HOUSTON ó Basketball life without Chris Bosh has been difficult for the Raptors, a team that gets exposed and, at times, abused minus its anchor.
When a franchise player is unavailable, good teams look to their supporting cast to shoulder the burden, to demand the ball on offence when a play needs to be made or get on teammates on defence when rotations arenít tight and decisive.
As they prepared to play the host Rockets on Monday night, the Raptors still were searching for a way to play a decent team without Bosh, who remained in Toronto nursing a sore ankle.
Three straight losses followed the Raptors into Texas, but itís the long-term that should worry followers of the team.
As if anyone needed to be reminded, Bosh has the option to exercise an out-clause in his contract this summer and explore free agency, a negotiated right he earned and will pursue.
Bosh has opened the door to staying because he hasnít said that he was leaving.
An open-minded individual, Bosh will explore all options, which is what he should and must do.
As he watches his team, Bosh canít be pleased with what he sees.
He sat on the bench as the Raptors simply got over-matched by Portland and then watched as the Raptors self-destructed against Cleveland in crunch time.
There are those who will have you believe that the players havenít been able to step up because theyíve been playing in Boshís shadow.
With so much of the offence running through Bosh, so much is expected and demanded of him.
About the only player one hears instructing players where to go on defence and when screens are coming is Bosh.
If no one is capable of elevating their game without Bosh against an opponent of any quality, then the Raptors have very worrisome problems.
Even on those rare nights when Bosh had a sub-par game, there was someone who stepped up, a core piece who made a shot a second-unit player who provided energy and a lift.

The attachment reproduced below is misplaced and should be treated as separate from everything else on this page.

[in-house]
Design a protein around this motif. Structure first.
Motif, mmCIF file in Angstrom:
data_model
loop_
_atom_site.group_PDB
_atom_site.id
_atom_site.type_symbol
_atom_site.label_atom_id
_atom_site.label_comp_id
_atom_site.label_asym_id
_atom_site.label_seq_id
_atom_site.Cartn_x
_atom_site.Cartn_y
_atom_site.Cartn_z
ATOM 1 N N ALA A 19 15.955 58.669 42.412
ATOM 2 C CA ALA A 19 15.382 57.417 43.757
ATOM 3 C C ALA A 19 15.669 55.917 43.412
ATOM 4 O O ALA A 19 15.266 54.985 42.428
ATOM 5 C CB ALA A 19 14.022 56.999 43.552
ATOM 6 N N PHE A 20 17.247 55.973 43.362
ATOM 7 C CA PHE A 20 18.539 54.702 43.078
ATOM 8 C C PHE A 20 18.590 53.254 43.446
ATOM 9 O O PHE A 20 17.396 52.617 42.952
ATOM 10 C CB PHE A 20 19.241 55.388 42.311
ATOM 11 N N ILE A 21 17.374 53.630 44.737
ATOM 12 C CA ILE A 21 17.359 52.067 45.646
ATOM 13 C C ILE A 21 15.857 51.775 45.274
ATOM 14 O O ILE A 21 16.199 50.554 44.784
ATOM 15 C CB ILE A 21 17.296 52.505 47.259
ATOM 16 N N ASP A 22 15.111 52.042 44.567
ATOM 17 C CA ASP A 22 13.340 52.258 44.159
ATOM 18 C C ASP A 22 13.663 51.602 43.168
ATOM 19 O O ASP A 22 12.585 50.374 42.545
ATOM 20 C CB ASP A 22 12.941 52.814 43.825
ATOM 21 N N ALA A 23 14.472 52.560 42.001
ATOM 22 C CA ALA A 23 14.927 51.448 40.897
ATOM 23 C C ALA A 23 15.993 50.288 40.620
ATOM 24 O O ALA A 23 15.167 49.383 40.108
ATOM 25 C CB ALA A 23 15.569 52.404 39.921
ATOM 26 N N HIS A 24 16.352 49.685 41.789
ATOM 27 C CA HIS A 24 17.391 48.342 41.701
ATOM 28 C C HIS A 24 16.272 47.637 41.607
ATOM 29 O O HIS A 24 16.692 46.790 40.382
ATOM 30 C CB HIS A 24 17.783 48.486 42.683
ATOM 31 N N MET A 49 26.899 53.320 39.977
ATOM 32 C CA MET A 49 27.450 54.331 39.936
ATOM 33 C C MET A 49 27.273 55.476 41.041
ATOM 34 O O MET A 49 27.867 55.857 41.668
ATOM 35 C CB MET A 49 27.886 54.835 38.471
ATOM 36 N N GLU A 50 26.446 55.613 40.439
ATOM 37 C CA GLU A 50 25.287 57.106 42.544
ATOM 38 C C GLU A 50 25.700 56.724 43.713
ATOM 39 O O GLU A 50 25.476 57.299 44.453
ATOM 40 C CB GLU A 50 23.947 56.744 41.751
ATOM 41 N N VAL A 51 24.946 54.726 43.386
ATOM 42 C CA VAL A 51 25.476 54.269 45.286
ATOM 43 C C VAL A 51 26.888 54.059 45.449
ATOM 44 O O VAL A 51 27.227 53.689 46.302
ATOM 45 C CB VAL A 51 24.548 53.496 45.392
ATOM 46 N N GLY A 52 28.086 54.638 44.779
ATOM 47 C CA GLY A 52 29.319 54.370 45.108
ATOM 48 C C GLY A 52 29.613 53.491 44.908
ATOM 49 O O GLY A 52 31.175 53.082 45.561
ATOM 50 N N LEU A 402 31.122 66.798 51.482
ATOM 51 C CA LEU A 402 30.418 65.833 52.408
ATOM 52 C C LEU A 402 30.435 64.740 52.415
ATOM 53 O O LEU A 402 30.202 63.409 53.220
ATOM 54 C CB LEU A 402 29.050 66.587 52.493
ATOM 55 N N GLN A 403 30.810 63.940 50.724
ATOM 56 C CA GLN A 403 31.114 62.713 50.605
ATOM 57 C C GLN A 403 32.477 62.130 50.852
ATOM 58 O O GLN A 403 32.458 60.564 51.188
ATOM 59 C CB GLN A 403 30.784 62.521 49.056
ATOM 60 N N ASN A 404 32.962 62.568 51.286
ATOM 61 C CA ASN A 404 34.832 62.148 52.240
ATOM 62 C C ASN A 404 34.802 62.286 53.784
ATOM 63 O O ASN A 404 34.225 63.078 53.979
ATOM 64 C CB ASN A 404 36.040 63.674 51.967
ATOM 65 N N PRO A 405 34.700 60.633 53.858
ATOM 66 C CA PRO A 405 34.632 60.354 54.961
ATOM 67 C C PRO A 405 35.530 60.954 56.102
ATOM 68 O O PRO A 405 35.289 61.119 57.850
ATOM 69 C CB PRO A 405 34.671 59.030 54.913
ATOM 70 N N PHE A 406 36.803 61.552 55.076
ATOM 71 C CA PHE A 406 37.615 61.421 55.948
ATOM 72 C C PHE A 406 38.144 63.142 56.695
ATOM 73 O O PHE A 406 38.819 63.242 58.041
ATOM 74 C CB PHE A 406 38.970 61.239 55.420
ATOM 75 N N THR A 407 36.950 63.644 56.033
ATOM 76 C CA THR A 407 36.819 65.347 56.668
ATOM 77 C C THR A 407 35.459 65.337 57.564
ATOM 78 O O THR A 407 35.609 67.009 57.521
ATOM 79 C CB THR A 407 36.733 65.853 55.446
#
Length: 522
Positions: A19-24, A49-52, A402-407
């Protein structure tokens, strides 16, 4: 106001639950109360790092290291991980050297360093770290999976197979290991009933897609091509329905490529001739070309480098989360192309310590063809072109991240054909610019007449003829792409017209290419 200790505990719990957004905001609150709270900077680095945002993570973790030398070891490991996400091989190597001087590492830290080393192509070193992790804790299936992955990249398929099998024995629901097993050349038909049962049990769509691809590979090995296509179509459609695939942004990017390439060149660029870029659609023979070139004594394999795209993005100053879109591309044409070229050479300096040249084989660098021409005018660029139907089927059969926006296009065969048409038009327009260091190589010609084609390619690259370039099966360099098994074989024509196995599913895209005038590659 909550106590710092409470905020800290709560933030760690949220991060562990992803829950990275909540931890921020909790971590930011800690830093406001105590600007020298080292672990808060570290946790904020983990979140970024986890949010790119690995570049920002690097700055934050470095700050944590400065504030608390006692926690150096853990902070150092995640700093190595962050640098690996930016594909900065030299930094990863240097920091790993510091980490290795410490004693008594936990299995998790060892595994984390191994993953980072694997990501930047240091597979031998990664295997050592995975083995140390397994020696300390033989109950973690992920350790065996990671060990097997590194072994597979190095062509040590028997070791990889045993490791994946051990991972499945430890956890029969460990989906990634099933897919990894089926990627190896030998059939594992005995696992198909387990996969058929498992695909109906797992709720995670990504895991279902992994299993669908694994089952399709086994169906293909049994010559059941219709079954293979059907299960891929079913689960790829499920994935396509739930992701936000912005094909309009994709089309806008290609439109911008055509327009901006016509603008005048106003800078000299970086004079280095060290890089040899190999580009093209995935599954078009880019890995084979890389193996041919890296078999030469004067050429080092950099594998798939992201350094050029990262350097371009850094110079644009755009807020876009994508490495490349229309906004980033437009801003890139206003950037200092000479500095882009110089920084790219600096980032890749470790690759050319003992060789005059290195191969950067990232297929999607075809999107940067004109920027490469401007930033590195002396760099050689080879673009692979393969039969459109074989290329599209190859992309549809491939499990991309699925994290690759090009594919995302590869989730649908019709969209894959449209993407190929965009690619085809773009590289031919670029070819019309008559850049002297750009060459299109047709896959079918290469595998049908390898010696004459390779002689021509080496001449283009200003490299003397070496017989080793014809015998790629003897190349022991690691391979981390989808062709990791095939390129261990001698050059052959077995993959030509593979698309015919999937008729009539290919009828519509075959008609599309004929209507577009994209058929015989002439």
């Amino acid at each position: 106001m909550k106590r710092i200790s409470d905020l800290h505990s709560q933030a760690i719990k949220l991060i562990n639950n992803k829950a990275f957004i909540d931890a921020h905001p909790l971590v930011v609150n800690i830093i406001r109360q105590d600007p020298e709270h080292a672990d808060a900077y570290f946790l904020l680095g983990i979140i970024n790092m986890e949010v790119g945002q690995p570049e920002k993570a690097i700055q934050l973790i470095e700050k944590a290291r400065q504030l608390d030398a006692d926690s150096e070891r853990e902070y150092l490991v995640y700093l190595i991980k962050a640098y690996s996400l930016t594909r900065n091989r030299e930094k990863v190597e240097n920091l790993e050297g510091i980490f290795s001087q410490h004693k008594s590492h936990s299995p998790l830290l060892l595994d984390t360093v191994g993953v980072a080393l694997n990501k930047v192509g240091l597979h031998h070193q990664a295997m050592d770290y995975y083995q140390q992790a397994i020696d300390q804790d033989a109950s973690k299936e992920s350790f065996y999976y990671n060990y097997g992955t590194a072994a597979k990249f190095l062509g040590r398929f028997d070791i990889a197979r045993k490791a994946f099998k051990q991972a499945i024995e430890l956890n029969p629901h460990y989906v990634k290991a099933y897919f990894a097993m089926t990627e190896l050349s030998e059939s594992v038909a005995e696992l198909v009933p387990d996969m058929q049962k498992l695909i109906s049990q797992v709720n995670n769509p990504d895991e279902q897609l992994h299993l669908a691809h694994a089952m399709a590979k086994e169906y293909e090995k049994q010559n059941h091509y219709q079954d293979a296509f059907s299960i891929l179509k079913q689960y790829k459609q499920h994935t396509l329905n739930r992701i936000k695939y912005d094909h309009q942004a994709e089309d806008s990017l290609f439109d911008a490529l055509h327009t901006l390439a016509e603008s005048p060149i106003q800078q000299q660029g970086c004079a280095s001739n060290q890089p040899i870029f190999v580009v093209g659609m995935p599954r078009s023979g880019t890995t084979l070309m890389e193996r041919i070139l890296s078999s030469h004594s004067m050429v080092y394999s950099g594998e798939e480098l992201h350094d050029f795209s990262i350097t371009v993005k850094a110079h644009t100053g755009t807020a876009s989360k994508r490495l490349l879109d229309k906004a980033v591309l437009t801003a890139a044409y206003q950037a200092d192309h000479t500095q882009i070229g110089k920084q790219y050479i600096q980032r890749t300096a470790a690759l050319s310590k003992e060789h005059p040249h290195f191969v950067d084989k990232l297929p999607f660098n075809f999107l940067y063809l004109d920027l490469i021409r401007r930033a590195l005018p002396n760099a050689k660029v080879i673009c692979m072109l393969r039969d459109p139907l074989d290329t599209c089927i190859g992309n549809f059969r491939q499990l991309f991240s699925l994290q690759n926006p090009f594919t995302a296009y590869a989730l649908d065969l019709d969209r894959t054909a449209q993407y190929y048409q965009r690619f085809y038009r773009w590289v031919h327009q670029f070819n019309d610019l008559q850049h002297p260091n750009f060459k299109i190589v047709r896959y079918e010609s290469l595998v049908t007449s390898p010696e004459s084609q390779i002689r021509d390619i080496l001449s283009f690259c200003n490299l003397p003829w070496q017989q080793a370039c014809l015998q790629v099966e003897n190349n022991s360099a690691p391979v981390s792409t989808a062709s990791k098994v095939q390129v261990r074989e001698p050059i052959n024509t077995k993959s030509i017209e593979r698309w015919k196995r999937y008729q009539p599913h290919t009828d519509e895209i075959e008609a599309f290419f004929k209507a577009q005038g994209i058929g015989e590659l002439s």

Mind you, three games donít provide a lot of evidence, but itís a snapshot and a glimpse of life without Bosh, a snapshot that has proven to be very revealing.
The most telling moment against Cleveland arrived when Hedo Turkoglu had the ball in his hands with a chance to win the game in regulation.
He was indecisive, looking to the bench after the team had just called a timeout, and then heaved a three-pointer when he should have put pressure on the defence.
In overtime, the Raptors were completely lost, especially on defence.
In three straight losses, the Raptors have yielded 30 or more points in each first quarter.
In three straight losses, the Raptors have turned the ball over 44 times, including 18 turnovers Sunday in Oklahoma City when the Thunder scored 29 points off Torontoís miscues.
The Raptors arenít getting to the line and even though he admits he has to be more aggressive, Turkoglu continues to rely too much on his three-point shot.
Andrea Bargnani isnít at his best when heís in the post because he prefers facing the basket, but he, too, has to be better at drawing fouls.
It begins by attacking the rim, which is what was Bosh has done.
The Raptors arenít getting much from their wing players and their backcourt now has been outplayed in three straight games.
ďIím one of the leaders on this team and I definitely need to lead by example because people follow my lead,íí starting point guard Jarrett Jack said.
ďI need to do a better job and everyone else will follow suit.Ē
At least Jack is accountable and one night after he had his hands full trying to contain a physical presence in Russell Westbrook of the Thunder, Mondayís assignment was containing a lightning-quick Rockets point guard in Aaron Brooks.
ďWhen (Bosh) comes back, weíre going to be much stronger," Turkoglu said.